The PHY 164 corresponds, for example, to the wired transmission and reception unit 111 according to the second embodiment.

The Security 165 corresponds, for example, to the hard encryption unit 151 according to the second embodiment.

Furthermore, for example, the DSP 166 corresponds to the baseband unit 121 according to the second embodiment, and the AMP 167 corresponds to the wireless transmission and reception unit 131 according to the second embodiment.

For example, in response to a security parameter request transmitted from the communication terminal 200 (for example, S15 of FIG. 7), the CPU 160 generates and transmits a security parameter notification including the permitted cryptographic class, based on the usage rate of the software encryption or the like (S16).

The CPU 160 also determines one of the “immediate software encryption”, the “software encryption by scheduling”, and the “hard encryption”, based on the cryptographic class transmitted from the communication terminal 200 (for example, S107 of FIG. 11), and performs the processing in accordance with the determination (for example, S108 to S110).

In FIG. 13B, the communication terminal 200 includes a CPU 260, a memory controller 261, a Memory 262, an L2SW 263, a Security 265, a DSP 266, an AMP 267, and an antenna 268.

The CPU 260 corresponds, for example, to the class assigning unit 242, the cryptographic processing unit 243, the application 244, the call control unit 247, and the key exchange unit 248 according to the second embodiment.

The memory controller 261 corresponds, for example, to the transmission and reception unit 211, the baseband unit 221, the selector 241, the cryptographic processing unit 243, the application 244, the call control unit 247, and the key exchange unit 248 according to the second embodiment.

The Memory 262 corresponds, for example, to the transmission and reception unit 211, the baseband unit 221, the selector 241, the cryptographic processing unit 243, the application 244, the call control unit 247, and the key exchange unit 248 according to the second embodiment.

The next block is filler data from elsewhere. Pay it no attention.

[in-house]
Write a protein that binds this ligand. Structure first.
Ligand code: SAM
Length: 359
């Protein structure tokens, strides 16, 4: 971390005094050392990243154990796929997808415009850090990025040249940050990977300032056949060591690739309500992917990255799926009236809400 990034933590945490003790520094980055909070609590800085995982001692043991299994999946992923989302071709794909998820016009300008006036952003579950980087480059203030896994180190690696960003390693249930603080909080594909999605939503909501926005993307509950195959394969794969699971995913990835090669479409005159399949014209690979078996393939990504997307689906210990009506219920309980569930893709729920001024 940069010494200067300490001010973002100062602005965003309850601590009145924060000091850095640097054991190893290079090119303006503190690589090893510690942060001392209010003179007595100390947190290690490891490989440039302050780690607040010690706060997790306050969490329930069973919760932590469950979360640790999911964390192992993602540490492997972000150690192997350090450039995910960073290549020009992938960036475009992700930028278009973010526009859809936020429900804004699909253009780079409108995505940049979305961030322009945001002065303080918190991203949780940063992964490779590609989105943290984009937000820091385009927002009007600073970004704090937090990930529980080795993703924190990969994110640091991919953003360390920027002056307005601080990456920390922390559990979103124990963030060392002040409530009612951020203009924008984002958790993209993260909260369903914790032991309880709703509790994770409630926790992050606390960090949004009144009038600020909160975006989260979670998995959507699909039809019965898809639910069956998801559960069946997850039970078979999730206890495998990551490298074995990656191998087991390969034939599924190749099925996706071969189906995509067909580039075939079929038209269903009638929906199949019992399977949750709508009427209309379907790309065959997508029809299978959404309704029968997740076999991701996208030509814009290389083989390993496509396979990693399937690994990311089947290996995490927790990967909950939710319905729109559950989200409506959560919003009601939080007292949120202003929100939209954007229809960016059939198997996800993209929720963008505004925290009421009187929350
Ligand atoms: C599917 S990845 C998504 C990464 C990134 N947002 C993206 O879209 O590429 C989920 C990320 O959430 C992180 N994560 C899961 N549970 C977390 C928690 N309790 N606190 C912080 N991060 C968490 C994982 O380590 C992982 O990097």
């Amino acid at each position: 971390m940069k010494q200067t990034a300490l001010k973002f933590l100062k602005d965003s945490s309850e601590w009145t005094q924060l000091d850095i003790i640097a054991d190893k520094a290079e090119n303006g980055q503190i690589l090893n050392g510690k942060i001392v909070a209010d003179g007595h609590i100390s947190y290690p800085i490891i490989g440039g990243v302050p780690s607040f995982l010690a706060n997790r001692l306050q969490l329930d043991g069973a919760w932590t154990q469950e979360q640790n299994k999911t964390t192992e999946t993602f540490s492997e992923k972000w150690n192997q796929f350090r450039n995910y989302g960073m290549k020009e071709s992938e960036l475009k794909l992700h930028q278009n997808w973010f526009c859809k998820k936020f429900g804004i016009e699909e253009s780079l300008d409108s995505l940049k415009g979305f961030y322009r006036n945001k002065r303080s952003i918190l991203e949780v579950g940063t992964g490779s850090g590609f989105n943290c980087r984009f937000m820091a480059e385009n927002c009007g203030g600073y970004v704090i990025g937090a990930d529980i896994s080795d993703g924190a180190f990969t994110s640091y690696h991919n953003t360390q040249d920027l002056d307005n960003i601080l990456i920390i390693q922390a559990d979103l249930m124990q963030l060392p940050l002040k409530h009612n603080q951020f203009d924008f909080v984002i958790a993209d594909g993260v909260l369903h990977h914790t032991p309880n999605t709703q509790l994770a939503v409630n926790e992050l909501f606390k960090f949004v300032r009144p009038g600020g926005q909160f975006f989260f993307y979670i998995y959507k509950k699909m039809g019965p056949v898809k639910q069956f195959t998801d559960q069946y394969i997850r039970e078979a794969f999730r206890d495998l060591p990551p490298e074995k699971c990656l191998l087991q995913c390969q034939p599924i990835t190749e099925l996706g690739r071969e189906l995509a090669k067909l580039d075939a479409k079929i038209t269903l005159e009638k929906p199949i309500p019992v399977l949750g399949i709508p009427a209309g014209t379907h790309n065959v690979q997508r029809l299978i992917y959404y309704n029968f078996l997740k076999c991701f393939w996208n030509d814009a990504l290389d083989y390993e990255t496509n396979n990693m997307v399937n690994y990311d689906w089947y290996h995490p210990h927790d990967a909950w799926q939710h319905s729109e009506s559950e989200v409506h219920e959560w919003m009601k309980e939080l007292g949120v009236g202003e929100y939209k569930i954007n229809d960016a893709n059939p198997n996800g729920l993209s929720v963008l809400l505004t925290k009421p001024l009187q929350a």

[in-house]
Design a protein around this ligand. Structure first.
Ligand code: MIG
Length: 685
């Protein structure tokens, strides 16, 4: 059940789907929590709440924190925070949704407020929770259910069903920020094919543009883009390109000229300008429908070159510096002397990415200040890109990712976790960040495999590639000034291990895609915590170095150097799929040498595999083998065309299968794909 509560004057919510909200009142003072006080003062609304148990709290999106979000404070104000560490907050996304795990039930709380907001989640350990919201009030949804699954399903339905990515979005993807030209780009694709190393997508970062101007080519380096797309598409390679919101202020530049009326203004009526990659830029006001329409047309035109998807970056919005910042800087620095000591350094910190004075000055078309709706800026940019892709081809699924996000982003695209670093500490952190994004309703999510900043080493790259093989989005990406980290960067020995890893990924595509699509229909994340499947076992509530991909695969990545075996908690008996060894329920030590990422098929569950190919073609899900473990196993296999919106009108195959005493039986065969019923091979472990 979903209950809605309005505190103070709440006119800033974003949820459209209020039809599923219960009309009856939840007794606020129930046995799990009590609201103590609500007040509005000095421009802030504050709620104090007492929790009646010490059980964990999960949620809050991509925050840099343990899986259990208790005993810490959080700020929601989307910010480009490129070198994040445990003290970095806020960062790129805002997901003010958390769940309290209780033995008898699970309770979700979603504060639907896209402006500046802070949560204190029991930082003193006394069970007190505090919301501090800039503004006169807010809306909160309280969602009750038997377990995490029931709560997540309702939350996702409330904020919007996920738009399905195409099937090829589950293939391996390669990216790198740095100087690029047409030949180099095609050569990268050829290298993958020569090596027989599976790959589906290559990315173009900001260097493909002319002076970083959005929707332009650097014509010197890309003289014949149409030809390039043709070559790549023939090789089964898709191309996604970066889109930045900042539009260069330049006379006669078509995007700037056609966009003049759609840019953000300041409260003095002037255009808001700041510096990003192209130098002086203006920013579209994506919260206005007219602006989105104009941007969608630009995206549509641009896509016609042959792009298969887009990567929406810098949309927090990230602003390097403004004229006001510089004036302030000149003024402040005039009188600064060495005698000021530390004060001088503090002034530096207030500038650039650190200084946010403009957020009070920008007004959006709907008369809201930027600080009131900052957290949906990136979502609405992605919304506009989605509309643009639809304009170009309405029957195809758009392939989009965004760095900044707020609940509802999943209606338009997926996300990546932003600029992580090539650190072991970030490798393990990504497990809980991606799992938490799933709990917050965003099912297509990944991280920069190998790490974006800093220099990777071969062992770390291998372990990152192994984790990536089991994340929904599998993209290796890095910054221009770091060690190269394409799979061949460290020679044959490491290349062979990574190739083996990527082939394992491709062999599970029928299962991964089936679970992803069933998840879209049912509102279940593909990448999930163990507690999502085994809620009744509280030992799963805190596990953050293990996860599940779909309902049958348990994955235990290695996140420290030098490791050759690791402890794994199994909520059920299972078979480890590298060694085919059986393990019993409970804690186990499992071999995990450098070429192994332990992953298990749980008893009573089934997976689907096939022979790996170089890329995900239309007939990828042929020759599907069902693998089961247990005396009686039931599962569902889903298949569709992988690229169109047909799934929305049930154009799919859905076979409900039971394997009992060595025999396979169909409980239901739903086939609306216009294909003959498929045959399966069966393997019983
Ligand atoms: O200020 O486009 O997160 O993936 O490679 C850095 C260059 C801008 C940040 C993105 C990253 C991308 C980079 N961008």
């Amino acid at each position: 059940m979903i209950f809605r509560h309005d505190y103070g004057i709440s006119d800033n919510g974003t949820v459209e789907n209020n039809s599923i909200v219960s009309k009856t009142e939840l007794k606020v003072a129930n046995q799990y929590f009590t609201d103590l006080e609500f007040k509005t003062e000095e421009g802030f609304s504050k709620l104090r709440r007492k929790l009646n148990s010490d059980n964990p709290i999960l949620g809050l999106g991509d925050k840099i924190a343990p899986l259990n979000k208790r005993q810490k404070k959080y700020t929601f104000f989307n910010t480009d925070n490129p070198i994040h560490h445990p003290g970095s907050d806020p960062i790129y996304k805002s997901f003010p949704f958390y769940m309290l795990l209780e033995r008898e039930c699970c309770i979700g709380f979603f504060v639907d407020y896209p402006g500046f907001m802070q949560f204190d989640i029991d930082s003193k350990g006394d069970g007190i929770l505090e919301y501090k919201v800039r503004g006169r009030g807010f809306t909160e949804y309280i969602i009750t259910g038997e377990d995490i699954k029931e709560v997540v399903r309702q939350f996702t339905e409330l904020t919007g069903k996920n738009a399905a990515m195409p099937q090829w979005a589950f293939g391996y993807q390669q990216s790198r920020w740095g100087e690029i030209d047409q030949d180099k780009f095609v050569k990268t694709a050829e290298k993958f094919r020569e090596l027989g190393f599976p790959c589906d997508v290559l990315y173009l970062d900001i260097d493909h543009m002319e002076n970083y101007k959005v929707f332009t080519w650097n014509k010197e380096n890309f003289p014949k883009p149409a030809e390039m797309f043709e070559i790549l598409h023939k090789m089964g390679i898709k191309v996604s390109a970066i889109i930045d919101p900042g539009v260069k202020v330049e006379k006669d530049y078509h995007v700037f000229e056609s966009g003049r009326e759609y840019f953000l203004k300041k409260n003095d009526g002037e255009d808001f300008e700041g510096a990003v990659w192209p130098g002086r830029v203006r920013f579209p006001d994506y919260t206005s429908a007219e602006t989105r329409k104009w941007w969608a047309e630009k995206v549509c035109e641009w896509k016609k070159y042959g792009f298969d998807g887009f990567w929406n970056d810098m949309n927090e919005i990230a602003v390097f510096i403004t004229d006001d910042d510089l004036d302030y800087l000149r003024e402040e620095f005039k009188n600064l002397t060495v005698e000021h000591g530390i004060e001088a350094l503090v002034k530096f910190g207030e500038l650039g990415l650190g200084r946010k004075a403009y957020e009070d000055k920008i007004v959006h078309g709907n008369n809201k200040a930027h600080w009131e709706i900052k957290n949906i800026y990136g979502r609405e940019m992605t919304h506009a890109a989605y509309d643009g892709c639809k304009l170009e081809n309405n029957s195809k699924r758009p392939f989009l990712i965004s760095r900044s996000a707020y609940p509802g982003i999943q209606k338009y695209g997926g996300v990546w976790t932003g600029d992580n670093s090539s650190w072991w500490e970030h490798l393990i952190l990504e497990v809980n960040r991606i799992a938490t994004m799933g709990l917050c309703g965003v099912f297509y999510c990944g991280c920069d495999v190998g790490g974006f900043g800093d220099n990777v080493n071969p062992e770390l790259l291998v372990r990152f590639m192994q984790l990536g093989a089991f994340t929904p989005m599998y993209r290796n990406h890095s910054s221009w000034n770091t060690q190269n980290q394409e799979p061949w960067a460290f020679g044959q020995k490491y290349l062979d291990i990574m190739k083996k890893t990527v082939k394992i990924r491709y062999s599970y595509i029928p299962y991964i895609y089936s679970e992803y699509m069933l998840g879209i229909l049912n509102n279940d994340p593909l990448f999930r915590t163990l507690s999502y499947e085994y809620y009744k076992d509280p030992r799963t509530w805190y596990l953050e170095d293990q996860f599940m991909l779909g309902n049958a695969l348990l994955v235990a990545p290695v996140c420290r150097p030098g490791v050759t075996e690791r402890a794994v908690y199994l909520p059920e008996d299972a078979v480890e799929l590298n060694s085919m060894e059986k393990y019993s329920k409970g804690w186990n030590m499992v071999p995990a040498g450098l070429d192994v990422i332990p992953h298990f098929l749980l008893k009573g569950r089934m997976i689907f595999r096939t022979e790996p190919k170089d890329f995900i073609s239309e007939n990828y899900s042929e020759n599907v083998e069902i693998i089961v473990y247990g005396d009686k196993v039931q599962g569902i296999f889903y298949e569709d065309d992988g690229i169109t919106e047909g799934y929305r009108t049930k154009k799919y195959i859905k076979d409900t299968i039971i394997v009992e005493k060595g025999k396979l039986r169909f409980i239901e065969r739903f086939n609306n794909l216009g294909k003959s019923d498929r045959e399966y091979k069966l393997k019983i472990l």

The L2SW 263 corresponds, for example, to the selector 241 according to the second embodiment.

The Security 265 corresponds, for example, to the cryptographic processing unit 243 according to the second embodiment.

Furthermore, for example, the DSP 266 corresponds to the baseband unit 221 according to the second embodiment, and the AMP 267 corresponds to the transmission and reception unit 211 according to the second embodiment.

For example, the CPU 260 assigns a cryptographic class to the security parameter and transmits the security parameter request including the cryptographic class to the base station 100 (for example, S15 of FIG. 7). When the security parameter notification is received from the base station 100, the CPU 260 also holds the permitted cryptographic class in the Memory 262, generates packet data including the cryptographic class in accordance with the service type of a packet to be transmitted, and transmits the generated packet data to the base station 100 (for example, S20 and S32 of FIG. 7 and S54 and S72 of FIG. 8).

In FIG. 14, the security GW 300 includes a CPU 360, a memory controller 361, a Memory 362, an L2SW 363, and a PHY 364.

The CPU 360 corresponds, for example, to the software update unit 342, the soft encryption unit 343, the cryptographic management unit 344, a cryptographic scheduler 345, the call control unit 347, and the key exchange unit 348 according to the second embodiment.

The memory controller 361 corresponds, for example, to the selector 341, the software update unit 342, the soft encryption unit 343, the cryptographic management unit 344, the cryptographic scheduler 345, the call control unit 347, and the key exchange unit 348 according to the second embodiment.

The Memory 362 corresponds, for example, to the selector 341, the software update unit 342, the soft encryption unit 343, the cryptographic management unit 344, the cryptographic scheduler 345, the call control unit 347, and the key exchange unit 348 according to the second embodiment.

Furthermore, for example, the L2SW 363 corresponds to the selector 341 according to the second embodiment, and the PHY 364 corresponds to the wired transmission and reception unit 311 according to the second embodiment.

The remote node 600 also includes the CPU 360, the memory controller 361, the Memory 362, the L2SW 363, and the PHY 364.